circle of hikers looks down at camera on ground, pointed at sky

During one of my first summers working at Rock-N-Water I was, to put it lightly, smacked in the face with God’s love. That summer I entered into a community of people who trust in God and build their lives upon the belief that they are, above all else, beloved children of God.

Take It Back

Growing up in a Christian home, I had memorized verses, sung songs, and told others about how “Jesus loves me” (this I know). I knew this as a fact; it was in my head, but I didn’t really act or live in that love.

For a lot of my life, I had cared more about what others thought of me than what God thought of me. Sometimes it was a positive thing, such as my parent’s encouragement and affirmation of my God-given gifts. Other times it was a pride-producing thing, like seeking other’s admiration of my accomplishments.

I focused not on my status as loved and accepted by God, but on the things I did. And so, I determined my worth that way. Though I had been taught and given grace, I still acted and lived my life as if I was judged according to the things I did.

girl swims under water in river in canyon

Perspective

That’s not the way God sees me though.

During my first year as a volunteer at camp, Rock-N-Water’s founder, Craig Lomax, got together with our volunteer squad and showed us two different flow charts. Actually, they were triangles. Each triangle illustrated ways of living life. On one side, was a triangle I was very familiar with. On the other, a triangle I was beginning to learn about. Craig went over both with us.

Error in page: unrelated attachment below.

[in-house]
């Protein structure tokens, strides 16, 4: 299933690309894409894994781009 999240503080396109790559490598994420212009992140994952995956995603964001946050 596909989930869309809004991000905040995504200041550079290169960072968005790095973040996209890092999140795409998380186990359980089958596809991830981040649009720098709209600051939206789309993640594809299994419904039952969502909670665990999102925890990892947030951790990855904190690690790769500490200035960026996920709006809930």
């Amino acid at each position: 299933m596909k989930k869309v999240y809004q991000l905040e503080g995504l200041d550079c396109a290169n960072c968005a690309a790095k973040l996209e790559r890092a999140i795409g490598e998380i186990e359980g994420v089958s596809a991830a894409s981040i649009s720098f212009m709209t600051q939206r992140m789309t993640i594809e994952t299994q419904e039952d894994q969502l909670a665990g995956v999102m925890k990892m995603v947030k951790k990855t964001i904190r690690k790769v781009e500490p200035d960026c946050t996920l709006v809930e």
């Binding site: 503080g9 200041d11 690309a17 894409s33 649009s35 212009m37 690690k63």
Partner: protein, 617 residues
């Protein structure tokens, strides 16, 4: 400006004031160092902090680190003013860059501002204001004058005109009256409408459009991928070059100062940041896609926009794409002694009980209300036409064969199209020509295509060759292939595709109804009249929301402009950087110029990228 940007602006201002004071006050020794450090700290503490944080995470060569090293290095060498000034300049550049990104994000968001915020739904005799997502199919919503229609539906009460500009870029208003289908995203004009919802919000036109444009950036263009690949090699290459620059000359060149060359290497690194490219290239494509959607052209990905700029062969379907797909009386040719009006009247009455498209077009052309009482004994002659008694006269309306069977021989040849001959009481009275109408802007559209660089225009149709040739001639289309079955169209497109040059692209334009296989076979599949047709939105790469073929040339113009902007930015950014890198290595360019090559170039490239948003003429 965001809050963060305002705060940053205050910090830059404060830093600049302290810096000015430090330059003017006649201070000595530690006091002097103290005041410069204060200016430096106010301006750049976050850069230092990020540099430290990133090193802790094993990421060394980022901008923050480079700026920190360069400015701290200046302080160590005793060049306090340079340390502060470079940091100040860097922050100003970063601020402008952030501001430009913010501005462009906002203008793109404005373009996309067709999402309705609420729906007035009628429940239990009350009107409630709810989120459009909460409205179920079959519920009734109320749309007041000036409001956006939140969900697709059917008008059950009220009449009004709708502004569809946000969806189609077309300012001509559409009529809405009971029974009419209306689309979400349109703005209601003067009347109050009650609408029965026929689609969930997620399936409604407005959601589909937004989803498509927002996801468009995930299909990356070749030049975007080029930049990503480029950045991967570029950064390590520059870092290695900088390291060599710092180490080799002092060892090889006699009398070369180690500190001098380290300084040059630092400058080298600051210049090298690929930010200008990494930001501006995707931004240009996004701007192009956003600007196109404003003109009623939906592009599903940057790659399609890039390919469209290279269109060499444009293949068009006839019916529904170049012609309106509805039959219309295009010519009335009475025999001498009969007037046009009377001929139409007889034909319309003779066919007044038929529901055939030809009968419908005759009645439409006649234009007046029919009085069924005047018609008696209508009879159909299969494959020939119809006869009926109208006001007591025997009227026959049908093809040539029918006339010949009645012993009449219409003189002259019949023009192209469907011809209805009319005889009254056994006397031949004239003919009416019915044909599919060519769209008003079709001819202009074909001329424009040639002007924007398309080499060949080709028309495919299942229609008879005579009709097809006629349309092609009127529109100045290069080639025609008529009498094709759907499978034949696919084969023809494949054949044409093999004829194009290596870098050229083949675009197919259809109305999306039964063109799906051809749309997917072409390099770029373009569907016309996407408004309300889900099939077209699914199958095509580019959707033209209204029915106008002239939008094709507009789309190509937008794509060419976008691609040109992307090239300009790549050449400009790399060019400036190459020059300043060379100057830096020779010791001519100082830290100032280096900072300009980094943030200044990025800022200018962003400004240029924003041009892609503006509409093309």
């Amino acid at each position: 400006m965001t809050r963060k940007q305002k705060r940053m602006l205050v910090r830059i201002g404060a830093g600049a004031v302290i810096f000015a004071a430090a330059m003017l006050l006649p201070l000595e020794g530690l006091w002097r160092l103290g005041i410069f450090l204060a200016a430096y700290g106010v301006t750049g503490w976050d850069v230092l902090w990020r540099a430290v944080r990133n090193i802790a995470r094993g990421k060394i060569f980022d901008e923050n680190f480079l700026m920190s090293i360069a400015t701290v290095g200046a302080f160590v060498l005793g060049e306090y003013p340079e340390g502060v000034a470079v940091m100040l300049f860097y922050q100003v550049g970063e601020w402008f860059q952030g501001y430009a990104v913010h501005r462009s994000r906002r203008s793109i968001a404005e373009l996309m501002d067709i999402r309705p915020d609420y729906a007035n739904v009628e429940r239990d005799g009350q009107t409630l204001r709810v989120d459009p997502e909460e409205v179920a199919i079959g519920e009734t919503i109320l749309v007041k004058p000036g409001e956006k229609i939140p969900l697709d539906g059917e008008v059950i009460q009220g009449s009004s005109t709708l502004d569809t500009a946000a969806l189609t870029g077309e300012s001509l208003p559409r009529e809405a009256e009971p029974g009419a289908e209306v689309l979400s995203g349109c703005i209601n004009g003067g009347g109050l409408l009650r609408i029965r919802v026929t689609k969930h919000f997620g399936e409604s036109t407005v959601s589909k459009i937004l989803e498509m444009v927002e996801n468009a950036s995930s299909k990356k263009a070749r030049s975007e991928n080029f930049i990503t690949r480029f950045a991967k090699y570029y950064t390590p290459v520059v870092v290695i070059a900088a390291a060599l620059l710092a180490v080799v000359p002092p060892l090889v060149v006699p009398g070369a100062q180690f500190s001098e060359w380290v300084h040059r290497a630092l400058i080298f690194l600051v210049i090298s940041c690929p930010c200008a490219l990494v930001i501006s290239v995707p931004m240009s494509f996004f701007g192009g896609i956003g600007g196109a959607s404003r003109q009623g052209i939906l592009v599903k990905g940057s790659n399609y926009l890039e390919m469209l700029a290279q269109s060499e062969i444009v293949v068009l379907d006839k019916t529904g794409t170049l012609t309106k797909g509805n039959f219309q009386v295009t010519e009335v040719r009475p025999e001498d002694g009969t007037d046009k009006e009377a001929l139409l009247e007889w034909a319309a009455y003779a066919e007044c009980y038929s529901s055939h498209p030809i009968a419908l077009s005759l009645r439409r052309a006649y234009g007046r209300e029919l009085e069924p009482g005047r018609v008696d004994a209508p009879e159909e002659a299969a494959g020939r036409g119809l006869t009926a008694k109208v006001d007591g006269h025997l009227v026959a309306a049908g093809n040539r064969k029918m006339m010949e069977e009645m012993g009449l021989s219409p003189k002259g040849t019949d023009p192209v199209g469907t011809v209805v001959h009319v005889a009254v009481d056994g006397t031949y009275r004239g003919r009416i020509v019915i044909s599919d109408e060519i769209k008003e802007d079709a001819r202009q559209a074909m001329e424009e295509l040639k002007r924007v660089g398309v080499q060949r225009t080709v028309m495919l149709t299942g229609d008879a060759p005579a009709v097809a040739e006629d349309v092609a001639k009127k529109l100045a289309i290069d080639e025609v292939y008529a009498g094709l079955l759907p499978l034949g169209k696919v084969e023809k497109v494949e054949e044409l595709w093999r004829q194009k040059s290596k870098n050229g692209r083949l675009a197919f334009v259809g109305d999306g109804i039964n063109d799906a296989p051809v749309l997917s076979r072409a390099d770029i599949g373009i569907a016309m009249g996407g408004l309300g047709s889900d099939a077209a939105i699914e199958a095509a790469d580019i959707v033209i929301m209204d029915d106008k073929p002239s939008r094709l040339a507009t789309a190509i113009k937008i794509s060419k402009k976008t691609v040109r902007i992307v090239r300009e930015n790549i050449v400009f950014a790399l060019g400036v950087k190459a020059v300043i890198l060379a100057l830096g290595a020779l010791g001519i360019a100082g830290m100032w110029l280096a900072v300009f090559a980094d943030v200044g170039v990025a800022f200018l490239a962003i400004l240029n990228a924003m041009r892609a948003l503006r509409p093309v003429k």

While outlining the first triangle Craig explained how living a life that is built upon creating my own self-worth is one that leads to two things, pride and insecurity. I knew I totally related to the this triangle the second he drew it out on a piece of paper.

You see, when I live my life caring so much about what others think of me, everything I do is an attempt to persuade other’s that I am worthy of their love. When I am successful in doing this, I feel good about what I have done, and those feelings lead to pride. When I fail in my attempts to elevate my self-worth through the admiration of others, I become insecure. My worth is based on my accomplishments and my identity has become what I do.

Church youth group sits together in the river durring a backpacking trip

A Better Way

But God knows who I am! I am loved and nothing can change that! (Romans 8:37-39). This is the foundation of the second triangle; the one I am now in the process of living out.

This triangle outlines a life that is built upon the truth of God’s love. My life is no longer a balancing act where I find my worth in what I do and try to hold it all together so others will admire me. Instead, my identity is in who God says I am!

I still fall back into old habits; trying to impress people to feel good about myself here and there, but as I continue to learn about the God of the universe, my Father, and the love He has shown me (and you too, btw) the more I realize that there is nothing I can do that will separate me from His love.

Beginning with this knowledge and foundation of identity allows me to take risks, engage in my relationships with more depth, be silly, and worship whole-heartedly. I could get used to this.

By James Asselin, River guide and worshipper of Jesus